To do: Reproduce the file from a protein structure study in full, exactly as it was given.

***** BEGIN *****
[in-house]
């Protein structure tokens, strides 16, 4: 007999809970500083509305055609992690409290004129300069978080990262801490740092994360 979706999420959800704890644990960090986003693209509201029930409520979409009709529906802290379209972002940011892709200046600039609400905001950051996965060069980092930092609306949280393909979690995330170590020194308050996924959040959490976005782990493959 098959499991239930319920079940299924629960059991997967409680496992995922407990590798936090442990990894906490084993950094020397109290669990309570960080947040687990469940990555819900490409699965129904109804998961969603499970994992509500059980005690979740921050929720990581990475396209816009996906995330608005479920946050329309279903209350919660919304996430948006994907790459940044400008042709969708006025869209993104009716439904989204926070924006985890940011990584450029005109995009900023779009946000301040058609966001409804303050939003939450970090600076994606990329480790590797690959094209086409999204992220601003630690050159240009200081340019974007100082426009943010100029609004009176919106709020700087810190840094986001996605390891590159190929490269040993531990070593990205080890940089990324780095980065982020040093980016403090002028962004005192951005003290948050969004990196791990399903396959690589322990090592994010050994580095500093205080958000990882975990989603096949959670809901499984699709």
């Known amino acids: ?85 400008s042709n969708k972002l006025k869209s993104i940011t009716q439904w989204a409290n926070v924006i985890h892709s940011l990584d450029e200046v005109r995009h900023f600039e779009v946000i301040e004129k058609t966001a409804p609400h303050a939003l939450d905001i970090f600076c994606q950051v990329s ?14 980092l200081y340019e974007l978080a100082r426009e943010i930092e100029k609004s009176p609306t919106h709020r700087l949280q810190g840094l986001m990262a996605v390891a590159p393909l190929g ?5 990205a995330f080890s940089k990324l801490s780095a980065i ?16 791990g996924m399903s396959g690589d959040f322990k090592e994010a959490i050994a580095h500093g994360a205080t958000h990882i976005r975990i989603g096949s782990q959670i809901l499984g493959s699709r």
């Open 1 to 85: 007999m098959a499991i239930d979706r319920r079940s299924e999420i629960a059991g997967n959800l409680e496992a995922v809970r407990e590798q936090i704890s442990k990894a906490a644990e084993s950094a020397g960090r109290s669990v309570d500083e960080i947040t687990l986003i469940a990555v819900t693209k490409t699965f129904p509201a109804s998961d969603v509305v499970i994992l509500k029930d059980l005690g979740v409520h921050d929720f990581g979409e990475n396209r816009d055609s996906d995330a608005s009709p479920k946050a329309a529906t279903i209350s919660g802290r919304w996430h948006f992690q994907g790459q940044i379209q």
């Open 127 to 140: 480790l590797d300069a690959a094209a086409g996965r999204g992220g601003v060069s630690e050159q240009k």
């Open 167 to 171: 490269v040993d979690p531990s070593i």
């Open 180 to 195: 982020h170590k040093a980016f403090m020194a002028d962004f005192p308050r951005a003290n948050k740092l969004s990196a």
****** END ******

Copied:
[in-house]
């Protein structure tokens, strides 16, 4: 007999809970500083509305055609992690409290004129300069978080990262801490740092994360 979706999420959800704890644990960090986003693209509201029930409520979409009709529906802290379209972002940011892709200046600039609400905001950051996965060069980092930092609306949280393909979690995330170590020194308050996924959040959490976005782990493959 098959499991239930319920079940299924629960059991997967409680496992995922407990590798936090442990990894906490084993950094020397109290669990309570960080947040687990469940990555819900490409699965129904109804998961969603499970994992509500059980005690979740921050929720990581990475396209816009996906995330608005479920946050329309279903209350919660919304996430948006994907790459940044400008042709969708006025869209993104009716439904989204926070924006985890940011990584450029005109995009900023779009946000301040058609966001409804303050939003939450970090600076994606990329480790590797690959094209086409999204992220601003630690050159240009200081340019974007100082426009943010100029609004009176919106709020700087810190840094986001996605390891590159190929490269040993531990070593990205080890940089990324780095980065982020040093980016403090002028962004005192951005003290948050969004990196791990399903396959690589322990090592994010050994580095500093205080958000990882975990989603096949959670809901499984699709």
């Known amino acids: ?85 400008s042709n969708k972002l006025k869209s993104i940011t009716q439904w989204a409290n926070v924006i985890h892709s940011l990584d450029e200046v005109r995009h900023f600039e779009v946000i301040e004129k058609t966001a409804p609400h303050a939003l939450d905001i970090f600076c994606q950051v990329s ?14 980092l200081y340019e974007l978080a100082r426009e943010i930092e100029k609004s009176p609306t919106h709020r700087l949280q810190g840094l986001m990262a996605v390891a590159p393909l190929g ?5 990205a995330f080890s940089k990324l801490s780095a980065i ?16 791990g996924m399903s396959g690589d959040f322990k090592e994010a959490i050994a580095h500093g994360a205080t958000h990882i976005r975990i989603g096949s782990q959670i809901l499984g493959s699709r």
């Open 1 to 85: 007999m098959a499991i239930d979706r319920r079940s299924e999420i629960a059991g997967n959800l409680e496992a995922v809970r407990e590798q936090i704890s442990k990894a906490a644990e084993s950094a020397g960090r109290s669990v309570d500083e960080i947040t687990l986003i469940a990555v819900t693209k490409t699965f129904p509201a109804s998961d969603v509305v499970i994992l509500k029930d059980l005690g979740v409520h921050d929720f990581g979409e990475n396209r816009d055609s996906d995330a608005s009709p479920k946050a329309a529906t279903i209350s919660g802290r919304w996430h948006f992690q994907g790459q940044i379209q």
């Open 127 to 140: 480790l590797d300069a690959a094209a086409g996965r999204g992220g601003v060069s630690e050159q240009k």
């Open 167 to 171: 490269v040993d979690p531990s070593i």
């Open 180 to 195: 982020h170590k040093a980016f403090m020194a002028d962004f005192p308050r951005a003290n948050k740092l969004s990196a």